The Players' Project

The Players' Project

West Ham United has celebrated the one-year anniversary of the Players’ Project. 

The Project has been hailed as the most ambitious community programme ever created by a Premier League Club, where players from the men’s, women’s and Academy teams have given over 300 hours of community time, directly working with over 2,000 people from the local community over this last year alone.

The Players’ Project, split into 11 strands, delivers over 30 programmes that span health, education, community initiatives and football development, which engage with up to 50,000 people per year. 



West Ham United is committed to diversity and equality and raising awareness of issues throughout society.

The Club has been awarded an Intermediate Equality Standard by the Premier League and is currently working towards Advanced level.

West Ham regularly engage and deliver in conjunction with external campaign organisations such as Stonewall, Show Racism the Red Card and Kick It Out.

The Club has also put in place a comprehensive programme of staff equality training.

Through the Disabled Supporters’ Board, the Club consults with fans who have accessibility needs and makes London Stadium matchdays accessible for all.



West Ham United is committed to reducing our environmental impact. Alongside the Premier League and Sky’s Ocean Rescue campaign, we worked with the Stadium to trial reusable beer cups, saving around 20,000 single-use plastic cups from landfill at each of the four games. We are pleased to say that the Club and venue are working on a scheme to permanently provide reusable cups at London Stadium.

The Stadium is also a zero-waste venue, which uses renewable energy sources, and encourages public transport. It is the best-connected stadium in London, with Stratford and Stratford International stations servicing more than 42.7 million people annually along nine major lines.

Reusable cups at London Stadium


West Ham United is committed to helping both staff and people from across the community learn, through a variety of initiatives, as research shows lower levels of educational achievement can have a negative impact on an individual’s engagement with society.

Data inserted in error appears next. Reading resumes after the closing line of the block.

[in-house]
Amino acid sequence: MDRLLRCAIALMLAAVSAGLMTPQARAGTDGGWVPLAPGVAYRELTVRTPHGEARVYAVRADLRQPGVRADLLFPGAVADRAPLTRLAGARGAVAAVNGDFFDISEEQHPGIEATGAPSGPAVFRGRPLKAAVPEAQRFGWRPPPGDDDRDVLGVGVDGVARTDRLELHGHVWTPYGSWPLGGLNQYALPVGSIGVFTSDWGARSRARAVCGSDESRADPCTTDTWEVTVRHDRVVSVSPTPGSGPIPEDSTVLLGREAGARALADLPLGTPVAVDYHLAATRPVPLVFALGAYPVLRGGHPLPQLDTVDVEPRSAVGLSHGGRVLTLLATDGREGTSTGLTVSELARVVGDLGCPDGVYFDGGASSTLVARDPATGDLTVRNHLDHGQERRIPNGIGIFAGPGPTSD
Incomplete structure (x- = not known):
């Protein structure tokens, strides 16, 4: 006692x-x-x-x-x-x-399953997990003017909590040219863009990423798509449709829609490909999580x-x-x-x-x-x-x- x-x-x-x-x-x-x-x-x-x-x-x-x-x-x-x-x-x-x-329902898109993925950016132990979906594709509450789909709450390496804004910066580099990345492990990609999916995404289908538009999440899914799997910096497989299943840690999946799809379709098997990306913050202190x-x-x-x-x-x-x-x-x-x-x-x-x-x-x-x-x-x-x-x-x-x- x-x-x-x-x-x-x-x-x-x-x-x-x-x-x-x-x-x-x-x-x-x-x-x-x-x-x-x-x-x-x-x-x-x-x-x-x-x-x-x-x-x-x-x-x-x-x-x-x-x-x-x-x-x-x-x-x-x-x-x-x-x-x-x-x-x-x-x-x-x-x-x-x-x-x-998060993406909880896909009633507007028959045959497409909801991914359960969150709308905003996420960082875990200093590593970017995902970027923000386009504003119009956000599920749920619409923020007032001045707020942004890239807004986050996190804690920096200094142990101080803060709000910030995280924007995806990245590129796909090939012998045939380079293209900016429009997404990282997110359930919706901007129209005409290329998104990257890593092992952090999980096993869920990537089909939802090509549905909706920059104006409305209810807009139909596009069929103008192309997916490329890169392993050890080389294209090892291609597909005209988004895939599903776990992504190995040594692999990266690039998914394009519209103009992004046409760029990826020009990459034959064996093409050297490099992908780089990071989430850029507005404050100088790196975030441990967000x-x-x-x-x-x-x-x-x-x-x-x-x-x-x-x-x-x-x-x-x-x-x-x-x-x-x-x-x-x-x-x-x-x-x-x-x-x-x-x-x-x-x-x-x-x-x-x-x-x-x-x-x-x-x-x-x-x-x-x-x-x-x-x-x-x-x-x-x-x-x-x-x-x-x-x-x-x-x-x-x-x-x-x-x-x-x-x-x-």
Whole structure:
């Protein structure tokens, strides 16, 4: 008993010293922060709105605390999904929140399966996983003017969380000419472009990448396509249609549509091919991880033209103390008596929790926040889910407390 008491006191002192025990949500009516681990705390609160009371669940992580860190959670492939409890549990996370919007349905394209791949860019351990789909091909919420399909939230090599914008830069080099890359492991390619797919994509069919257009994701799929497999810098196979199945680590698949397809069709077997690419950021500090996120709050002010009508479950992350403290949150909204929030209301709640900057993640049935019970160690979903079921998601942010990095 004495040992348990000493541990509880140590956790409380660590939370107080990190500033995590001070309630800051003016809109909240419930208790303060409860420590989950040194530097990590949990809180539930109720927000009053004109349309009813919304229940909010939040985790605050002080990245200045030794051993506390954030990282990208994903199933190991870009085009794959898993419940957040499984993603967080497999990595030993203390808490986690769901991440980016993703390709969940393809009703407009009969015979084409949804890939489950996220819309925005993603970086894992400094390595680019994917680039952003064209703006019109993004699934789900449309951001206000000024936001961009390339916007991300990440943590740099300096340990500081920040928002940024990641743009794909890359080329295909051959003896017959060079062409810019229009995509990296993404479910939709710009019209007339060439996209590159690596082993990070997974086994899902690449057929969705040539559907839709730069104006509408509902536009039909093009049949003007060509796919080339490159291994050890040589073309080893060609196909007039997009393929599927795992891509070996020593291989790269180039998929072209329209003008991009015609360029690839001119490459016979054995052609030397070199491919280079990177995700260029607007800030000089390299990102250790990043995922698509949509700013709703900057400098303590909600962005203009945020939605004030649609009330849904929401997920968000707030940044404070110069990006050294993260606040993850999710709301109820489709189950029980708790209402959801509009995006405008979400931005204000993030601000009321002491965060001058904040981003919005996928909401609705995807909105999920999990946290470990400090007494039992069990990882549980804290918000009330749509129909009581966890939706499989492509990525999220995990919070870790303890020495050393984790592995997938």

The Club has helped 1,000 students who have been involved in our Post 16 programme, combining football and studying, with 50% from Newham.

West Ham United has also put on 150 PL Primary Stars workshops, with 77 teachers also attending a six week mentoring programme.

Felipe Anderson and Angleo Ogbonna at a school


West Ham United’s move to London Stadium in summer 2016 has given the Club the opportunity to create thousands of jobs for local people and support social mobility across East London and Essex. Independent research has showed that the Club has created more than 3,300 jobs regionally.

More than 2,000 people are employed at London Stadium in full and part-time positions and the Club is an accredited London Living Wage employer ensuring all employees received the London Living Wage.

In addition, The Club has over 200 current and former apprentices.

With 390 young people from a wide range of backgrounds engaged in the Foundation’s Employability Pathway and Leadership Through Sport and Business Programme, West Ham United is helping build successful careers.

Mohammed is a Supporter Liaison Officer


West Ham United’s Any Old Irons project has engaged more than 300 local residents over the age of 65, helping them to make new friends and share stories and experiences in the company of each other and former players.

The scheme was introduced by the Foundation to help combat loneliness among the elderly, with the east London Boroughs of Newham and Tower Hamlets among the bottom ten local authority areas in England and Wales in that area.